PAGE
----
The tailwind-merge package is very useful to deal with this. It allows us to pass the base classes as the first parameter and the class name as the second parameter, ensuring that our class name overrides the default class (for a deeper dive as to how this works, see this video).

Here’s an example:

import { twMerge } from 'tailwind-merge'

const SpecialButton: React.FC<{ className?: string }> = ({ className }) => {
  return (
    <button className={
      twMerge('px-2 py-1 bg-red-500 hover:bg-red-800', className)}
    >
      Click me!
    </button>
  )
}

// Then we can override the style like so:

// some-other-component.js

const Component = () => {
  <div>
    <h1>Hello!</h1>
    <SpecialButton className="bg-blue-500 hover:bg-blue-800" />
  </div>
}

CVA is a package to help you create variants in a more elegant way. To make it work with tailwind-merge we can do the following:

import { cva, type VariantProps } from "class-variance-authority";
import { twMerge } from "tailwind-merge";
 
const buttonVariants = cva(["your", "base", "classes"], {
  variants: {
    intent: {
      primary: ["your", "primary", "classes"],
    },
  },
  defaultVariants: {
    intent: "primary",
  },
});
 
export interface ButtonVariants extends VariantProps<typeof buttonVariants> {};
 
export const buttonClasses = (variants: ButtonVariants) =>
  twMerge(buttonVariants(variants));

You can create complex gradients using gradient color stops. To do so we can use the bg-gradient-to- class and combine it with t (top), r (right), b (bottom), and l (left). We can also state corners with tr (top-right), bl (bottom-left), etc.

And then we can combine: from, to, and via to make some stunning gradients.

Let’s have a look at some examples:

{ /* the first "to" 👇🏽 is specifiying the direction */}
<div class="bg-gradient-to-r from-indigo-500 ...">
{ /* the "from-" sets which color to start at and then fades out */}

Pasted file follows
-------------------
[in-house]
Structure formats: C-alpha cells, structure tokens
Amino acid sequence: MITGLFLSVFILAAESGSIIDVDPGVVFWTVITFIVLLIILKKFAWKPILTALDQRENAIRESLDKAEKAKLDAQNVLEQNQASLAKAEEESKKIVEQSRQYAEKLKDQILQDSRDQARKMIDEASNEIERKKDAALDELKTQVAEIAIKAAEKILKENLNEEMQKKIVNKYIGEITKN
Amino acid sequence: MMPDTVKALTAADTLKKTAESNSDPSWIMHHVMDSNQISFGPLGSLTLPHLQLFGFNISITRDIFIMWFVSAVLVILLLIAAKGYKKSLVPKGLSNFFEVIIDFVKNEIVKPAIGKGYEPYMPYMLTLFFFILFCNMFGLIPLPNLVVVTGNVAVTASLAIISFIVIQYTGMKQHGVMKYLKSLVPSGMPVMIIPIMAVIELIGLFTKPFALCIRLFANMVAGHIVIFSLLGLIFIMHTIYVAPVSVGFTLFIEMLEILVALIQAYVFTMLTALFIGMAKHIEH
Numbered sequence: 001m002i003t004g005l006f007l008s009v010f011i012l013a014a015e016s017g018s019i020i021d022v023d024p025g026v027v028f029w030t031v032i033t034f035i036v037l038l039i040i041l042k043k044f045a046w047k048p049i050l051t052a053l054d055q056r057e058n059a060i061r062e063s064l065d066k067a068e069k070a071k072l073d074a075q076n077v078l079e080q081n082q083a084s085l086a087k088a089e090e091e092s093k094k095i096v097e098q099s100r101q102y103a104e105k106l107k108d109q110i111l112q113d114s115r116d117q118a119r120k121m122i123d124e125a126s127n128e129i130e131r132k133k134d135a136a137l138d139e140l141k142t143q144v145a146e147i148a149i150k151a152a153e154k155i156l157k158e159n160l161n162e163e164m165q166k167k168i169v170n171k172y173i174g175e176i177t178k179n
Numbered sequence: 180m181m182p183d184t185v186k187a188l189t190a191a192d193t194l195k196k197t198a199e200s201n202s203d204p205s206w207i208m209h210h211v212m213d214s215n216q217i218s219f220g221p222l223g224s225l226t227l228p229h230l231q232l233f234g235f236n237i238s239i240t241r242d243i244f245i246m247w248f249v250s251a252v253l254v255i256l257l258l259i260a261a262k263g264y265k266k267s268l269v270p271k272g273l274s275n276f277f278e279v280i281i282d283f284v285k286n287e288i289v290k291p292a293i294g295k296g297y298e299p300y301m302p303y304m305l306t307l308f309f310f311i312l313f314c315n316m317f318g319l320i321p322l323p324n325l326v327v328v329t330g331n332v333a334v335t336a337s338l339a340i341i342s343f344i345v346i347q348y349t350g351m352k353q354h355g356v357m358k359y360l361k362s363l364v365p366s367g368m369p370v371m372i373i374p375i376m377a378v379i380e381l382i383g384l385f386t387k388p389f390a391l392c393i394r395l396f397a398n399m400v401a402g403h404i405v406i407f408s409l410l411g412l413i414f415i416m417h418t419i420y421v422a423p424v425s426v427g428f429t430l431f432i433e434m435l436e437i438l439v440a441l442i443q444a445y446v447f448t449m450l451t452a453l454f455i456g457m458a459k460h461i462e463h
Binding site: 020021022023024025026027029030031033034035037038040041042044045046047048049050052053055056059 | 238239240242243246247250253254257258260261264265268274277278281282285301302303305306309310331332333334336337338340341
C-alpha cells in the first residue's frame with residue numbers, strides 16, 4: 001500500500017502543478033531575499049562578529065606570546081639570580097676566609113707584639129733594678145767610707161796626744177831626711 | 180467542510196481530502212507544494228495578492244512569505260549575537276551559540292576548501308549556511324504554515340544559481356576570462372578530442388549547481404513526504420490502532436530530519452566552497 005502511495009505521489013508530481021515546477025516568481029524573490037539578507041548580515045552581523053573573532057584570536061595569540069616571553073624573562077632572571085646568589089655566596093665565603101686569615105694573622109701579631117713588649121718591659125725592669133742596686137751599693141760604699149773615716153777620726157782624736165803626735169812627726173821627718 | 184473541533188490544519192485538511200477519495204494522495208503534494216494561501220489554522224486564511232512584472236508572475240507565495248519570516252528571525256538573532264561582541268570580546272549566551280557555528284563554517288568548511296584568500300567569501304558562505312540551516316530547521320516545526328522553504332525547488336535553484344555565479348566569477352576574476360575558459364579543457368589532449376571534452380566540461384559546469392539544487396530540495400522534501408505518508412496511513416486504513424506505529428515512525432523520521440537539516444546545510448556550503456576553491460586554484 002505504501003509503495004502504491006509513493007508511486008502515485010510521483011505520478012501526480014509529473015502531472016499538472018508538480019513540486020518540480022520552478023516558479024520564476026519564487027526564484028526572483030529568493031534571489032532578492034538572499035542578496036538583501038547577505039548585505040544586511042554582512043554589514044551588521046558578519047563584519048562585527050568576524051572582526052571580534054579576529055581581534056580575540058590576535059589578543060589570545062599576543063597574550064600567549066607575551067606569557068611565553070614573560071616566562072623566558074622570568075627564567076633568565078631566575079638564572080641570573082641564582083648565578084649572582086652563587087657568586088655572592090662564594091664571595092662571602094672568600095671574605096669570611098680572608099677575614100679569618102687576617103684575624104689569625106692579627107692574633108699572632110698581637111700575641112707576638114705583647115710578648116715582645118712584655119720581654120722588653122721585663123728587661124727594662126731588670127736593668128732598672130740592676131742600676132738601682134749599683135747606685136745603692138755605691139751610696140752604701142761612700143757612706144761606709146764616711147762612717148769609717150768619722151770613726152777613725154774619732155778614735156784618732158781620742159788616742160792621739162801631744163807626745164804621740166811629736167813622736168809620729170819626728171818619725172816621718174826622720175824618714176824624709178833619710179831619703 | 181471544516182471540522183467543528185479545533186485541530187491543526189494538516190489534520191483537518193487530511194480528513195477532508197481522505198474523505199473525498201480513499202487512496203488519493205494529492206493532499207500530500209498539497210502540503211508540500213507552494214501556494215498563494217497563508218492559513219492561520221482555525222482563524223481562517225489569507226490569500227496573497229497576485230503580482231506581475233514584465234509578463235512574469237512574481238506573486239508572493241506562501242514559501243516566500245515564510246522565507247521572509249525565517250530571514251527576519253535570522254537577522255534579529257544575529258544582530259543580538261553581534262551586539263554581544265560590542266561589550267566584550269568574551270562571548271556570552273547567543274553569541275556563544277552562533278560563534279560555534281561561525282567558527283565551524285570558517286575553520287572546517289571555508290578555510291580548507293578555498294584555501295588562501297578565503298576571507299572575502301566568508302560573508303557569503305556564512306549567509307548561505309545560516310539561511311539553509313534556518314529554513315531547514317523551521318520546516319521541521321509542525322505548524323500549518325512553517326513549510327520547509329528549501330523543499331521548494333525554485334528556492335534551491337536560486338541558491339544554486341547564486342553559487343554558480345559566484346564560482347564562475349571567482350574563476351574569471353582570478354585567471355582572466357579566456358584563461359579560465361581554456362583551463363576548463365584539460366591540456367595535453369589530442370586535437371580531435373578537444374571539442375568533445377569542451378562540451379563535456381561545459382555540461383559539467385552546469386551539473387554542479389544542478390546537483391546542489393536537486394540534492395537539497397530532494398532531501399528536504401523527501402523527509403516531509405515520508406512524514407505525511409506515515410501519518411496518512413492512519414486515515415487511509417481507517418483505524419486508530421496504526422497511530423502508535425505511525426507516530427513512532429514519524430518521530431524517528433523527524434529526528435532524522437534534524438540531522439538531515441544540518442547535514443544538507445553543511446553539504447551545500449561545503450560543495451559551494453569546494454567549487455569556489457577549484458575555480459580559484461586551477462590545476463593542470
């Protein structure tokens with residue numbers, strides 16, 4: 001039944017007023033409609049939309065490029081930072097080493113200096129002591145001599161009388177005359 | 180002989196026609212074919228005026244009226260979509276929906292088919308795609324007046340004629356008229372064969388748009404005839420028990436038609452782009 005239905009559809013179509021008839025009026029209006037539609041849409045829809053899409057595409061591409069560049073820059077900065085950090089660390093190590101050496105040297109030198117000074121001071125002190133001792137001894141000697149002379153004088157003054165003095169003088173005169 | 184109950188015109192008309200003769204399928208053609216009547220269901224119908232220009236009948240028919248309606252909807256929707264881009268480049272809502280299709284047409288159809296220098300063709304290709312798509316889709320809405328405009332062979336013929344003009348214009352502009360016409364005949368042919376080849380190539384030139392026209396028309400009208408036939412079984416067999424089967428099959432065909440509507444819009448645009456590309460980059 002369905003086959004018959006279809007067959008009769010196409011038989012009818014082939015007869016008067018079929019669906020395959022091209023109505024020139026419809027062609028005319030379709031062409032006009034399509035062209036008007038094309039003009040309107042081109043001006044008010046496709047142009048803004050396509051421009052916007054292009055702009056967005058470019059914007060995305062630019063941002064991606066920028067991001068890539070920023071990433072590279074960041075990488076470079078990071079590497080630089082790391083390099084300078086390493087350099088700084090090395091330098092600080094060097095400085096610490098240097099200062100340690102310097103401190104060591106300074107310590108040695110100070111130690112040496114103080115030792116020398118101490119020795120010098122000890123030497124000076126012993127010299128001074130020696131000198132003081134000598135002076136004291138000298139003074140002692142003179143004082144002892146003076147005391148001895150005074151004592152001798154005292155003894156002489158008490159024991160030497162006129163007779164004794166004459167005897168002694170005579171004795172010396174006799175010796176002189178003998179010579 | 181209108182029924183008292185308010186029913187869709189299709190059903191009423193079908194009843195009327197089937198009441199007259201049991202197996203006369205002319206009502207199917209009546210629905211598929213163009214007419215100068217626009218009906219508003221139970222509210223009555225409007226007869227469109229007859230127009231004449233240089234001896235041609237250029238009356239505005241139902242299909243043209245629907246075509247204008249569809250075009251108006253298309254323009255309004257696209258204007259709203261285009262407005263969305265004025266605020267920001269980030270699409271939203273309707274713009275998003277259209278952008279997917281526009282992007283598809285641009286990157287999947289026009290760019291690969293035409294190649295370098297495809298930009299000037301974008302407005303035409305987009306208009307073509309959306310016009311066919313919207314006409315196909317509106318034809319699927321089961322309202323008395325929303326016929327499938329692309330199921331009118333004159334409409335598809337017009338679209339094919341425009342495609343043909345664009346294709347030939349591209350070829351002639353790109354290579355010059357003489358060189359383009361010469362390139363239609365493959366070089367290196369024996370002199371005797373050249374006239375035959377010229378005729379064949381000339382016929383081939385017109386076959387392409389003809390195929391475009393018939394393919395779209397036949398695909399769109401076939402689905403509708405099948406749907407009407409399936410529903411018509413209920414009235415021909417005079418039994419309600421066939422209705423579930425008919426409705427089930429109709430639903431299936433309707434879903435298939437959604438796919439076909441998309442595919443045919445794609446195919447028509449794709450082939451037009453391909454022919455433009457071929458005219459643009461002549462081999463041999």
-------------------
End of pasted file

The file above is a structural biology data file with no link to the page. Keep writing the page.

The rendered output would be a gradient that starts with indigo and fades to transparent:

Untitled

To set the ending we can use the to-:

<div class="bg-gradient-to-r from-indigo-500 to-pink-400...">

That would render a gradient that starts with indigo and fades to pink:

Untitled

To add pizzaz we can control which color is in the middle by using via between:

<div class="bg-gradient-to-r from-indigo-500 via-green-400 to-pink-400...">

That would render an almost rainbow gradient, as such:

Untitled

Another nifty utility class is line-clamp, which allows you to truncate multiline text by simply adding a number such as line-clamp-3:

<article class="mt-20 border border-slate-300 rounded-md p-4 ml-6 text-white w-60">
  <p class="line-clamp-3">
    Nulla dolor velit adipisicing duis excepteur esse in duis nostrud
    occaecat mollit incididunt deserunt sunt. Ut ut sunt laborum ex
    occaecat eu tempor labore enim adipisicing minim ad. Est in quis eu
    dolore occaecat excepteur fugiat dolore nisi aliqua fugiat enim ut
    cillum. Labore enim duis nostrud eu. Est ut eiusmod consequat irure
    quis deserunt ex. Enim laboris dolor magna pariatur. Dolor et ad sint
    voluptate sunt elit mollit officia ad enim sit consectetur enim.
  </p>
</article>

The rendered result will put an ellipsis after 3 lines of text:

Untitled

Styling things like <input type="checkbox"> has been notoriously hard. No more, with the accent-{color} modifier:

<label>
  <input type="checkbox" checked> Browser default
</label>
<label>
  <input type="checkbox" class="accent-pink-500" checked> Customized
</label>

One of the new CSS features that a lot of folks are rightfully excited about. They allow applying styles based on the size of the element itself. There's a plugin to start using them now in Tailwind called @tailwindcss/container-queries.

After adding this plugin to your project, an element can be mark with @container and children can use variants like @sm and @md:

<div class="@container">
  <div class="@lg:text-sky-400">
    <!-- ... -->
  </div>
</div>

And that's it! These are just some of the many tips and tricks available to you when using Tailwind CSS. With its wide range of utility classes and responsive design capabilities, the possibilities are endless. So get creative, have fun, and don't be afraid to experiment with new styles and designs. With Tailwind CSS, you can create beautiful and functional websites with ease. Happy coding! 🚀